While the initial years of training are crucial in building the surgical knowledge foundation, it is also important to begin plastic surgery training concurrently.

  • PGY1-2: The first two years of training include three to six months of plastic surgery, three months of subspecialties (anesthesia, orthopedic trauma, oral-maxillofacial surgery), and 15 to 18 months of general surgery rotations that provide a solid basis for surgical technique and patient management.
  • PGY3: The third year of surgical training is primarily plastic surgery rotations during which residents will learn to manage emergency room consults, develop perioperative plans, and gain surgical skills specific to the practice of plastic surgery. They also complete two other subspecialties: oculoplastics and surgical dermatology.
  • PGY4-6: The final three years involve full-time plastic surgery training that includes the full range of plastic and reconstructive surgery, advanced training in microsurgery, hand surgery, peripheral nerve and brachial plexus surgery, cosmetic surgery, craniofacial surgery and all aspects of flap reconstruction. Our training paradigm is an apprenticeship approach. Residents spend 1 to 3 1/2 months on each rotation. On most rotations, residents are assigned to two attending physicians with a similar focus. These include breast and body reconstruction, advanced microsurgical reconstruction, hand surgery, pediatric plastic surgery, and a rotation at an affiliated community hospital that includes training in aesthetics and cosmetic surgery. See peripheral nerve and cosmetic surgery websites.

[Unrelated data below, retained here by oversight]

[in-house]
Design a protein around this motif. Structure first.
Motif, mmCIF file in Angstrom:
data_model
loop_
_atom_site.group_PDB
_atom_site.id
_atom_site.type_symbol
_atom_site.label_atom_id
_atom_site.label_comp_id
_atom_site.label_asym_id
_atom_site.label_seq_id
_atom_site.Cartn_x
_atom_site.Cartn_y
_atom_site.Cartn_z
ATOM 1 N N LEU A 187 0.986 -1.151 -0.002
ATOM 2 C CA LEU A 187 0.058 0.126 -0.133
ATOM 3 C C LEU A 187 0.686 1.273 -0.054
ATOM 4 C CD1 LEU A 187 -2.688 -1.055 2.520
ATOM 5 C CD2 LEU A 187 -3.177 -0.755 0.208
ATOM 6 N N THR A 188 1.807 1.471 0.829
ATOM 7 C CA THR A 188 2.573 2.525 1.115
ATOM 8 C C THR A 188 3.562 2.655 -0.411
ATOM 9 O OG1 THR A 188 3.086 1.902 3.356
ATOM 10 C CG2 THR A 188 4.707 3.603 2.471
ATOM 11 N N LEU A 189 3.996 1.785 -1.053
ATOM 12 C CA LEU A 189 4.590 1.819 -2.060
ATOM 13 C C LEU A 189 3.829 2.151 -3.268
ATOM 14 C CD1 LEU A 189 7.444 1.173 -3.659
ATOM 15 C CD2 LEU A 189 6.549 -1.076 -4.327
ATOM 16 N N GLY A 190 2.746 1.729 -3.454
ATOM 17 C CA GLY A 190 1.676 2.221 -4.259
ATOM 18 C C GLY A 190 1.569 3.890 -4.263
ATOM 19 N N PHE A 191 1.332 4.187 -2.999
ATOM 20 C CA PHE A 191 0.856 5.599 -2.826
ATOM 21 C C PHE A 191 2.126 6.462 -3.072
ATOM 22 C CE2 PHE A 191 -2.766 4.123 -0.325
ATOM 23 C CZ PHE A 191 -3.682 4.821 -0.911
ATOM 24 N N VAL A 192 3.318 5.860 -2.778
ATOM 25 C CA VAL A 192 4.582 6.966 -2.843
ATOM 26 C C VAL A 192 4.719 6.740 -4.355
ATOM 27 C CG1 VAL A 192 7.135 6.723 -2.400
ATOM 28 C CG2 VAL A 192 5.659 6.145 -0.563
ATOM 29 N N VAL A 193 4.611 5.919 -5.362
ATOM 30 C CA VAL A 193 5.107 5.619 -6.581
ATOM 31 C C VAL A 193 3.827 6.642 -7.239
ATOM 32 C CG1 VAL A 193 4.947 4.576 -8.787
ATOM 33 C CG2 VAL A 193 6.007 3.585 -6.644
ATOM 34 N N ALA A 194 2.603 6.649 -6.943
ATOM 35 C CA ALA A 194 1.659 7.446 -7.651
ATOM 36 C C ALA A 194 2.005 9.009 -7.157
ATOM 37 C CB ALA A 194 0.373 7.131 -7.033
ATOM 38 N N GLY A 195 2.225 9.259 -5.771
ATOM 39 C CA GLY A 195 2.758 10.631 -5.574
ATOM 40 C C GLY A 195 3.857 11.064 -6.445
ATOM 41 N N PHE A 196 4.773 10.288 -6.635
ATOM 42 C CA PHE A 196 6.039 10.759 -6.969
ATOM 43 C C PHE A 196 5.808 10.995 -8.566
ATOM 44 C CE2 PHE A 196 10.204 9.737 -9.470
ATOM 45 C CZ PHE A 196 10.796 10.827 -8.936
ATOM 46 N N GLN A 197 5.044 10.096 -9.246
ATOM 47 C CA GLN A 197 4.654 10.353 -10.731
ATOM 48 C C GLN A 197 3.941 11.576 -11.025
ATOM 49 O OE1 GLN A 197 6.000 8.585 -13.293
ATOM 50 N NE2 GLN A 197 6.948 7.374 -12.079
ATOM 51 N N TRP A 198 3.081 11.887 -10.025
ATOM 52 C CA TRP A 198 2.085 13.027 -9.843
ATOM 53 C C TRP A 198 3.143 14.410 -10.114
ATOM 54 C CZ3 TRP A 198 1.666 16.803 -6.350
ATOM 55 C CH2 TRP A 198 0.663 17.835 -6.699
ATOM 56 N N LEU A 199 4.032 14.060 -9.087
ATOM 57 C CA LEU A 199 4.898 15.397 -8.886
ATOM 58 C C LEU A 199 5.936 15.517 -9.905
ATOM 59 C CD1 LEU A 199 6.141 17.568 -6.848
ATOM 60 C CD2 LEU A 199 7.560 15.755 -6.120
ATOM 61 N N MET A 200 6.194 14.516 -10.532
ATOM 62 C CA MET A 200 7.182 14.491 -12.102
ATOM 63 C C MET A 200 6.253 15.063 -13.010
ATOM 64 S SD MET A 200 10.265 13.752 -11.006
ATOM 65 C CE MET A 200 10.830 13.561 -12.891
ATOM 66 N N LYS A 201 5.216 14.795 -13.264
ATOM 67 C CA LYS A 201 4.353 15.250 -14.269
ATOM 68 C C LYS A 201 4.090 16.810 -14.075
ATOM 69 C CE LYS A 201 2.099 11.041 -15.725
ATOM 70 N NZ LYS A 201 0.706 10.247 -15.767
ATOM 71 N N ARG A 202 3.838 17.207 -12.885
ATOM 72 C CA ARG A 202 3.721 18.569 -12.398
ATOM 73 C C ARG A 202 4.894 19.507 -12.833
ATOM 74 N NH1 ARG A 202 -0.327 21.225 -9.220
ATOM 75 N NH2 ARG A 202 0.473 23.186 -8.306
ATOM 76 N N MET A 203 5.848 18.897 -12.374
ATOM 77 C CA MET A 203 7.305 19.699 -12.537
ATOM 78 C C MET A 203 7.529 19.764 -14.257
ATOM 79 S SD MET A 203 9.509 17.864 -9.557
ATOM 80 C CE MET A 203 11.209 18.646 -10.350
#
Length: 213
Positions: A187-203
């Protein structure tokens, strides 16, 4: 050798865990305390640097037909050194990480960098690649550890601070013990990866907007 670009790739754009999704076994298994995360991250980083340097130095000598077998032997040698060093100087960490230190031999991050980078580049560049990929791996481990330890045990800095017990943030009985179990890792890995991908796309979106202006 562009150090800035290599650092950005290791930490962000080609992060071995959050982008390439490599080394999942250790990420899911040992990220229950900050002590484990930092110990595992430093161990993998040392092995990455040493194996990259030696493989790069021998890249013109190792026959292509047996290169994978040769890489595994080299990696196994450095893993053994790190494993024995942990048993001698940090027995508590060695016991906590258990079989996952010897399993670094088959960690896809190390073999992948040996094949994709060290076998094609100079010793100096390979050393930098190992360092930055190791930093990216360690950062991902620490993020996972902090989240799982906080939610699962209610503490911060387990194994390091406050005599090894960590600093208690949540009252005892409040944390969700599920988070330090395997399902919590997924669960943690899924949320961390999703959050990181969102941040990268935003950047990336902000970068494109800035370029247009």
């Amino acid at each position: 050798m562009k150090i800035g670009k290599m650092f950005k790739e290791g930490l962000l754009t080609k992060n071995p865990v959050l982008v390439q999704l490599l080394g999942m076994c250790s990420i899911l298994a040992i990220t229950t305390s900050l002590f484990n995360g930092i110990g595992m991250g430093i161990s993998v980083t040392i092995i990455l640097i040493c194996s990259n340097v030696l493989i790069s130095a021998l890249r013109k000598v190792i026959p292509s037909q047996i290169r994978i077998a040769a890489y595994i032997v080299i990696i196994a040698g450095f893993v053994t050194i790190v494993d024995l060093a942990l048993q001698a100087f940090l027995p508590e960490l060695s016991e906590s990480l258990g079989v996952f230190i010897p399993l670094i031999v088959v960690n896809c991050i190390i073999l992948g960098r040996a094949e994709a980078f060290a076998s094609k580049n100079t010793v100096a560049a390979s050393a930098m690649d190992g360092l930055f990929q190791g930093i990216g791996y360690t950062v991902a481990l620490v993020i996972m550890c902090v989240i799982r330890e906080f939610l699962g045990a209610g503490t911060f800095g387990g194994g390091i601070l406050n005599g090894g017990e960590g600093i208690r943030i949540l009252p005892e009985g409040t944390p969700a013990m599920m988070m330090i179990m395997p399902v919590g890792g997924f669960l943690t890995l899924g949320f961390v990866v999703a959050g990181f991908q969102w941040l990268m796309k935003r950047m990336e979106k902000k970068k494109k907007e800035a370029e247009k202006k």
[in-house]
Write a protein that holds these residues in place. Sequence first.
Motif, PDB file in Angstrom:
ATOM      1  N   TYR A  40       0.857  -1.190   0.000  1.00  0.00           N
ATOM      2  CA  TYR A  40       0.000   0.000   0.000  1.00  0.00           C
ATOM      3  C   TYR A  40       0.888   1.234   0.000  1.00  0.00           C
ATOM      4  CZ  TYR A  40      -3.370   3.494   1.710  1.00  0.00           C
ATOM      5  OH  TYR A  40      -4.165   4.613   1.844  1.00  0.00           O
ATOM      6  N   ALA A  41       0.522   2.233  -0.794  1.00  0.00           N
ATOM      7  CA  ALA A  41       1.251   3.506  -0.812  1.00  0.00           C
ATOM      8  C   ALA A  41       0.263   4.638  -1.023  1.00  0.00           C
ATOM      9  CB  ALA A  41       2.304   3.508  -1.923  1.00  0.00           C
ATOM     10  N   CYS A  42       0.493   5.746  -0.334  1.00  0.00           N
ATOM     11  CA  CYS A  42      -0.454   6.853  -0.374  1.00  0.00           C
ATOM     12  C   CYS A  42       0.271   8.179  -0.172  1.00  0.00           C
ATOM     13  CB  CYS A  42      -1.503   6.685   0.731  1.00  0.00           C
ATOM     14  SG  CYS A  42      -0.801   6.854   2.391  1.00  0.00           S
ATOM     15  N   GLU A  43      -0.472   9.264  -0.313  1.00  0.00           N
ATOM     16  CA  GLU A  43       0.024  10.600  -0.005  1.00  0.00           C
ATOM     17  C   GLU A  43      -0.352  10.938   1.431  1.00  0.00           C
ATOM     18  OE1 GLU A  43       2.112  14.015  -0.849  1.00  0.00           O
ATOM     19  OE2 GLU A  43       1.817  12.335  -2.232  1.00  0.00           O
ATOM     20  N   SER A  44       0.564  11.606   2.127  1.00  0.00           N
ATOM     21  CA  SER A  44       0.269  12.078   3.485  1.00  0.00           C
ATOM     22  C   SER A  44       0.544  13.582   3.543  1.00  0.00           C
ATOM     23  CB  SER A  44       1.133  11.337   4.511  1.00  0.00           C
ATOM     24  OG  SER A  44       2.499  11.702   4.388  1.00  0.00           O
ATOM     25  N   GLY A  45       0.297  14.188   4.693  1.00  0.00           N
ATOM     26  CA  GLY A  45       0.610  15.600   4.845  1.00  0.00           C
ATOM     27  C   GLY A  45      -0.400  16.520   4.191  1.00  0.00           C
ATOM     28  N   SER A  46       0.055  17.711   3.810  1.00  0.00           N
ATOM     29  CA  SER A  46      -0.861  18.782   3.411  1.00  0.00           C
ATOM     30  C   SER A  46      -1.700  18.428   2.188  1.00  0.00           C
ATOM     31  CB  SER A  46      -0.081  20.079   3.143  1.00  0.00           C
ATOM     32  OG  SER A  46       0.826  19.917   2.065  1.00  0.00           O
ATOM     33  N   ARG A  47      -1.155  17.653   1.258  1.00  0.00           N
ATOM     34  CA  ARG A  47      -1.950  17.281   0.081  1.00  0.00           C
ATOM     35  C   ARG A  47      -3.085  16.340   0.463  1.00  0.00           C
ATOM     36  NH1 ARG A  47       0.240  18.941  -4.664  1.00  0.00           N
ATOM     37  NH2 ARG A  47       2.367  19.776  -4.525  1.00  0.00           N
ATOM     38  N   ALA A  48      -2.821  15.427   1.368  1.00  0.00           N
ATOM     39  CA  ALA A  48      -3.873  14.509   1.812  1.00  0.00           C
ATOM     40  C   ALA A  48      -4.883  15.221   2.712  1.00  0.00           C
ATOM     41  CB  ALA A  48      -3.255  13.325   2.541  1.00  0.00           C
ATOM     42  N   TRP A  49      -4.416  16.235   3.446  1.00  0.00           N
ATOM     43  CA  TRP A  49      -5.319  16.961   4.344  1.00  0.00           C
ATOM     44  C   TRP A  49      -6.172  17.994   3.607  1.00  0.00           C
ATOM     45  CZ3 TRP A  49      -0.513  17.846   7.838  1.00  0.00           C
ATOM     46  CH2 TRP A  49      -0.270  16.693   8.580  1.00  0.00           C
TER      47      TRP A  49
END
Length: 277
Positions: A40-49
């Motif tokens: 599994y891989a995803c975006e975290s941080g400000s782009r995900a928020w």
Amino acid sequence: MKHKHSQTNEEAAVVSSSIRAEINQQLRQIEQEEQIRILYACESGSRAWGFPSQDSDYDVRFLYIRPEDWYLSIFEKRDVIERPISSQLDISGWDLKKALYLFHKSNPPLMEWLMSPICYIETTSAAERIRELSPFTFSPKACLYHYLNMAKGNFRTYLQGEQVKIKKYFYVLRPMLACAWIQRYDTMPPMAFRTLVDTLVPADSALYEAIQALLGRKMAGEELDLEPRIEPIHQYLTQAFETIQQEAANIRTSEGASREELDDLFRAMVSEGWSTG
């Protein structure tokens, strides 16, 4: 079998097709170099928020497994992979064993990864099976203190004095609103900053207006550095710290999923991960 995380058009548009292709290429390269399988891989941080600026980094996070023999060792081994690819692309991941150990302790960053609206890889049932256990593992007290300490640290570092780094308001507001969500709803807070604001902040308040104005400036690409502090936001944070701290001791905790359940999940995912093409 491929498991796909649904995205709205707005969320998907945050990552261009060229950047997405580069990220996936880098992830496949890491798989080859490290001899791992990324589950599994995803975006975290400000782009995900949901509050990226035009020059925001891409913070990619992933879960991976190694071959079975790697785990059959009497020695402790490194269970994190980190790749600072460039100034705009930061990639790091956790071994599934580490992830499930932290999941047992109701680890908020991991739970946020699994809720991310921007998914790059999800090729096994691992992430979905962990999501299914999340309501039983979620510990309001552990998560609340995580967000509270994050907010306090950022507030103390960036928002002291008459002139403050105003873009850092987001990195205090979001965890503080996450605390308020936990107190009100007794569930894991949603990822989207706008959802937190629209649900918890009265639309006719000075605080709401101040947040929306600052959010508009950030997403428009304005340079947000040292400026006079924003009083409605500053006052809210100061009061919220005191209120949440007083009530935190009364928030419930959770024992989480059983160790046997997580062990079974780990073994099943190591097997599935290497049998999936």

• Chief resident years: Residents will rotate through three resident-run clinics: hand surgery, reconstructive surgery and cosmetic surgery. Although these clinics are overseen by faculty, residents are responsible for preoperative planning, operative management and postoperative follow-up. An independent practitioner presentation at Grand Rounds is part of the ward hand and ward reconstructive rotations.

Each year, beginning as a PGY1, residents are required to take a written in-service examination. PGY4-6 residents will participate in annual mock-oral examinations followed by an in-depth evaluation with division faculty.

Our residents have a rich and diverse operative experience, preparing them well for the fellowship or practice of their choosing.